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How to Convert LPs to Digital Files

Don't Throw Your Love Away: Backing Everything Up

OK, you've figured out how to convert your LPs to digital. You've got the files in your computer. Now what? You can listen to them or export them in various forms. You can burn CDs, but part of your goal was probably having your music in a more portable format. And since there are questions about the life span of the CDs you burn, you'll want something that might be more permanent.

One thing you DON'T want to do is leave all that great music in your computer with no backup. You can copy everything into an external hard drive, for starters.

If you are recording large numbers of LPs, you may want to use a compressed lossless output format such as FLAC (Free Lossless Codec) or ALC (Apple lossless). These use about half the space of .WAV or .AIFF output formats. Lossless files are what play on iPods, and their quality is high.

MP3s use lossy files, which take up even less space but lose more data in the compression process. But with copies of old records, most listeners may not be able to tell the difference. One solution is to first record your music as a .WAV file, and store that in your external hard drive. Then also export the music as MP3s that will take up less space in your portable music device.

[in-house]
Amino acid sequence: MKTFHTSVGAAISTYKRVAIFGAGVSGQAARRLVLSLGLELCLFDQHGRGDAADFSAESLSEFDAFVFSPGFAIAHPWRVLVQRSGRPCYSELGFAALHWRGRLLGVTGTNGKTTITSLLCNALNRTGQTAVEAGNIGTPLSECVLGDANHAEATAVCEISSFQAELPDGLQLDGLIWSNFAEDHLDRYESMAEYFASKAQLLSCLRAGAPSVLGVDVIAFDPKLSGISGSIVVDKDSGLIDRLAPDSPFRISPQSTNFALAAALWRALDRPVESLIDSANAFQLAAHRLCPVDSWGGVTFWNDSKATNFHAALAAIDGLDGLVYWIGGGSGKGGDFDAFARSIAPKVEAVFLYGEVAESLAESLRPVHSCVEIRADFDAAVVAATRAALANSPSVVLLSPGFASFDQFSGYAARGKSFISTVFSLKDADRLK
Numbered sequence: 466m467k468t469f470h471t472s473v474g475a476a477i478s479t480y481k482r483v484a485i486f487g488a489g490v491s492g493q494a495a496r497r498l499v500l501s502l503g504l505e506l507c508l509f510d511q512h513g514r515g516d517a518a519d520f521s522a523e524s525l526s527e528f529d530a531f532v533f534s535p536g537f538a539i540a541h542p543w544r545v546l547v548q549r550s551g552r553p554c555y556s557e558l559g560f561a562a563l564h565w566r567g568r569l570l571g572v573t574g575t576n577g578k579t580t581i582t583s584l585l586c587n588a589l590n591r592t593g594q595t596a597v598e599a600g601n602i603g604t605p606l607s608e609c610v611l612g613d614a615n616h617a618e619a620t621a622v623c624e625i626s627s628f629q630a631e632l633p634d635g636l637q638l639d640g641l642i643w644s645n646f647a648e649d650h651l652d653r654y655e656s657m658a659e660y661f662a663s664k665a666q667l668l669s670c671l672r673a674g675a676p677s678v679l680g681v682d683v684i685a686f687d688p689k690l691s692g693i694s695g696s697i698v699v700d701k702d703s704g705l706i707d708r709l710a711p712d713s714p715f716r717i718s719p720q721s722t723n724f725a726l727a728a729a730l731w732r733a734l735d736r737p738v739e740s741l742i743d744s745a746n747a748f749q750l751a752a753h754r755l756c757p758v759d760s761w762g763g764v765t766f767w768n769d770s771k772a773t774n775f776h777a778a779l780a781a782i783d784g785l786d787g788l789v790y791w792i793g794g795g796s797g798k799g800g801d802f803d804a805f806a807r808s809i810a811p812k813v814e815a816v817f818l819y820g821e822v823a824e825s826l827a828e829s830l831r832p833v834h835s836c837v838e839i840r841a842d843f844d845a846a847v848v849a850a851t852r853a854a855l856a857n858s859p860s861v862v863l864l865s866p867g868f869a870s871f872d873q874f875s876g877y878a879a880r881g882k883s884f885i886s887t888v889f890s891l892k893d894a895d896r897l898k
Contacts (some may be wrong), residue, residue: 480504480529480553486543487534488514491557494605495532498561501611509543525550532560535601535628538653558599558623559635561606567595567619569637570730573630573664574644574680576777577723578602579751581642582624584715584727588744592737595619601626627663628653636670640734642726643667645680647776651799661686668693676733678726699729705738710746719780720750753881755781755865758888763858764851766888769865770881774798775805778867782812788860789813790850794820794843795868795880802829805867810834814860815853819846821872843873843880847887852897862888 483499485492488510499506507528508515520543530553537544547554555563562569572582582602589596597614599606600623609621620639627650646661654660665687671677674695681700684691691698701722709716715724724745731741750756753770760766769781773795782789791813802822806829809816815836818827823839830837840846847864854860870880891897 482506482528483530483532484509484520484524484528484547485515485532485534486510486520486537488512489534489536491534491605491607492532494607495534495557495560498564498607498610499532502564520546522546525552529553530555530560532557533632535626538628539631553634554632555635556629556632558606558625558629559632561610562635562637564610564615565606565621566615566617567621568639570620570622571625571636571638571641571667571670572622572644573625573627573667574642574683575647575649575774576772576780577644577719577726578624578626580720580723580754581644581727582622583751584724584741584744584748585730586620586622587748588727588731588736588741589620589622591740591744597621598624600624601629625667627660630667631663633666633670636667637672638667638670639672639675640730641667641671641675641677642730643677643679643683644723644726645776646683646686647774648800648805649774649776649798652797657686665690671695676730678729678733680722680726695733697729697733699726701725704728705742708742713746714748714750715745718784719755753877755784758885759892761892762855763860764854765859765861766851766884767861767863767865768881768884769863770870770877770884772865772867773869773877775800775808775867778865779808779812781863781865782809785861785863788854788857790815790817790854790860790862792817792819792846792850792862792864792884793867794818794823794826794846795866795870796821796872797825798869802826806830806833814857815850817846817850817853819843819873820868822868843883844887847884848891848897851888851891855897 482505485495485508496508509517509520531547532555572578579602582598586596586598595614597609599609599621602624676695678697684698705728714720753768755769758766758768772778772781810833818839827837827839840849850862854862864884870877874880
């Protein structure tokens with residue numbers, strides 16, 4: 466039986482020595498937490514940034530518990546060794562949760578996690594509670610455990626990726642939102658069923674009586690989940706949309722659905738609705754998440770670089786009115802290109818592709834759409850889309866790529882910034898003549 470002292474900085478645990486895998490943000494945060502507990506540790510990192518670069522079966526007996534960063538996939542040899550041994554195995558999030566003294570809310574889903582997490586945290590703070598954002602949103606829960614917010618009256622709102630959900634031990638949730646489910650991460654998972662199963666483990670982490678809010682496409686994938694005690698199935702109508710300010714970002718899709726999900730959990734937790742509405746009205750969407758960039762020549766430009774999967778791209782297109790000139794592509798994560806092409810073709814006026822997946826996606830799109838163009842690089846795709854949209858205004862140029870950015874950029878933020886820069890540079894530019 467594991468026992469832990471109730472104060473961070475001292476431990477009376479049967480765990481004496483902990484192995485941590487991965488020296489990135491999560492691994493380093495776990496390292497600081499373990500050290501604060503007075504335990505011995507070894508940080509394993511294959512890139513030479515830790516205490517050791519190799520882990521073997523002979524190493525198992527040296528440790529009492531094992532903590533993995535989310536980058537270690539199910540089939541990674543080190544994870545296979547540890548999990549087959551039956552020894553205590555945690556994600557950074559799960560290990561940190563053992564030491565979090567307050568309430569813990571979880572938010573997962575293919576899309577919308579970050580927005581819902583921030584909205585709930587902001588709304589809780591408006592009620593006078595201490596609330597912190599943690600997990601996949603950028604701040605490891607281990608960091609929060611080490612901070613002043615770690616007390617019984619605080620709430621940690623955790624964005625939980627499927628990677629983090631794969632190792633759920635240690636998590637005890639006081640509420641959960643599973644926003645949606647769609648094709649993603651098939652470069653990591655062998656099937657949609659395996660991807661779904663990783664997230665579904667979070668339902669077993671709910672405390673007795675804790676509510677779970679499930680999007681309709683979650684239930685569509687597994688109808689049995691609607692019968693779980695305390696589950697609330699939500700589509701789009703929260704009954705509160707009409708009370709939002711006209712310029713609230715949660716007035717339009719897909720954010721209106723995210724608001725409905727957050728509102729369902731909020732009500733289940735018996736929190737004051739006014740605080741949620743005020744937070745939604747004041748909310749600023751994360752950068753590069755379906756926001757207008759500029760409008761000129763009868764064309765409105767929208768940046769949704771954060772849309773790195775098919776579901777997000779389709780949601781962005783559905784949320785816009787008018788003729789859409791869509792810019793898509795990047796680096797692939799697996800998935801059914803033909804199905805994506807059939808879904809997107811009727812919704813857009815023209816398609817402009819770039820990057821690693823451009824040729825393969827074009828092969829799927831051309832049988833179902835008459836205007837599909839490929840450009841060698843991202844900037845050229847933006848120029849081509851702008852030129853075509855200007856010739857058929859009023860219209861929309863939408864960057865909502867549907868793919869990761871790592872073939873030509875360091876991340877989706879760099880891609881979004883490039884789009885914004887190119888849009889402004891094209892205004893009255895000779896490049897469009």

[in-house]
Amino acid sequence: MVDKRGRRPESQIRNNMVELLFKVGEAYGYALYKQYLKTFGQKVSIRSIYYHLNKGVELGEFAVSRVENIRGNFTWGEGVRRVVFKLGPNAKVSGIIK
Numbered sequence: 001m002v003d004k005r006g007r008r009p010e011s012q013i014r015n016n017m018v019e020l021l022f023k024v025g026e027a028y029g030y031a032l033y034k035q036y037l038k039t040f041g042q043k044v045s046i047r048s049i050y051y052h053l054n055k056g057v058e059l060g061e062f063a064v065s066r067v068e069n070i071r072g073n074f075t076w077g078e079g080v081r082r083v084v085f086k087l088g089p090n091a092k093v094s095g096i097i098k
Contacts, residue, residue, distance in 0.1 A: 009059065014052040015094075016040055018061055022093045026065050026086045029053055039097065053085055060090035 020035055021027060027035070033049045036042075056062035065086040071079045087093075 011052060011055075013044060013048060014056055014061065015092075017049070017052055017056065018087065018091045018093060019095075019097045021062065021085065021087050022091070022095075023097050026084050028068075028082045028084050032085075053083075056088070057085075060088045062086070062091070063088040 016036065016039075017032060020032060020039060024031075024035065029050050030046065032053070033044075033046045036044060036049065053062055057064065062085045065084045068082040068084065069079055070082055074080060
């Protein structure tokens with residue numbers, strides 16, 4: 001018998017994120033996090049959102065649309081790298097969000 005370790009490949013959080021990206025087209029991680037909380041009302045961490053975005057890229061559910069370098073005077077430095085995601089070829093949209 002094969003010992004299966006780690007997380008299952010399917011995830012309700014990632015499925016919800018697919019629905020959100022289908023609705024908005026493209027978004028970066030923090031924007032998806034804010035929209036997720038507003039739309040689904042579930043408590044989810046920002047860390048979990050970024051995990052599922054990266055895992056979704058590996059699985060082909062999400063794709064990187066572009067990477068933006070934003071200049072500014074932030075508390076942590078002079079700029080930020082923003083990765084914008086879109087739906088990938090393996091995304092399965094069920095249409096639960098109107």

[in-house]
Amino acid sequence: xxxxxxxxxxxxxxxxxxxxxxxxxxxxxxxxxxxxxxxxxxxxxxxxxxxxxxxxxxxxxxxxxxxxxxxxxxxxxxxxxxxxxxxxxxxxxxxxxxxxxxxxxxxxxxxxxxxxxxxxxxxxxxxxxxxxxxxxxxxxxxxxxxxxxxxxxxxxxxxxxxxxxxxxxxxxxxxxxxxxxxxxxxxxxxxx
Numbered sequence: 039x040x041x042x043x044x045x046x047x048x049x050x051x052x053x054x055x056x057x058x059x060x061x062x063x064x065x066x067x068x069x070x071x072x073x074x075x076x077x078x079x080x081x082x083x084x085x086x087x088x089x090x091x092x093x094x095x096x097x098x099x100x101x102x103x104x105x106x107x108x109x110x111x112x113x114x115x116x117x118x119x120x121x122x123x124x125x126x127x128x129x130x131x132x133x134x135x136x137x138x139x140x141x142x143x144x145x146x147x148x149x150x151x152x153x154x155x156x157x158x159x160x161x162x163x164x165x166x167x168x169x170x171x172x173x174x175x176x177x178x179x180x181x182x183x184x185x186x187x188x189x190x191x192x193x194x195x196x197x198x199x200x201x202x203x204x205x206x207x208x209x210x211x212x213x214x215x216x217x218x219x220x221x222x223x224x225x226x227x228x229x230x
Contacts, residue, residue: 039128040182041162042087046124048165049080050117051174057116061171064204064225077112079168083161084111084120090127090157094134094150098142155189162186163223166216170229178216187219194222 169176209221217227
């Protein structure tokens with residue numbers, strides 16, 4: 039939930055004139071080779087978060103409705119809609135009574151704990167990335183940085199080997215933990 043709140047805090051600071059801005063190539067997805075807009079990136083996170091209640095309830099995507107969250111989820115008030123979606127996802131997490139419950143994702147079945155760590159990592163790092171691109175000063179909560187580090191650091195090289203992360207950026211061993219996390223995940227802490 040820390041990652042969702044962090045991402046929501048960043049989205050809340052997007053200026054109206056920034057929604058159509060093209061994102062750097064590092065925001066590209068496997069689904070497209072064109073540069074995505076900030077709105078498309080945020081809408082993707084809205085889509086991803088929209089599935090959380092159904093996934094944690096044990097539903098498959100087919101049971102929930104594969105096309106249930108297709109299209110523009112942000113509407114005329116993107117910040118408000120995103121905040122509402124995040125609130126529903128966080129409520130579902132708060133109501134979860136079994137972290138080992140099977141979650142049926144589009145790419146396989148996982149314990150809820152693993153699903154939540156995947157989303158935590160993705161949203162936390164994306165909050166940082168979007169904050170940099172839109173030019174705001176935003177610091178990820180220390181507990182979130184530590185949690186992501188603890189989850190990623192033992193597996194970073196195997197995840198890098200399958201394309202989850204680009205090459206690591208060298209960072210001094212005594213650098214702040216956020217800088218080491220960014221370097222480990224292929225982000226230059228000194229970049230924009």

Increasingly, a popular way to back up your digitized music collection is services that allow you to store it remotely in the cloud, which all but eliminates your need for a hard drive. Companies such as Amazon, Apple, Google and Spotify offer free or low-cost (depending on how much you're using) storage of your music and other data.

There may be additional options, such as iTunes Match. For an annual fee, iTunes will let you match any music in your digitized collection to content available in its store. Then you can stream that music free to any of your devices. Once you've matched that music, you can access it in the cloud. This can be a good solution if the MP3s you produced when you copied your old LPs aren't good quality – you can match them and listen to iTunes' higher quality [source: Hunter]. Of course, if you go somewhere with more Internet connectivity, you may have to rely on your own devices.

Now you're ready to copy those old LPs, listen to them wherever you go, and save them for posterity. Happy listening!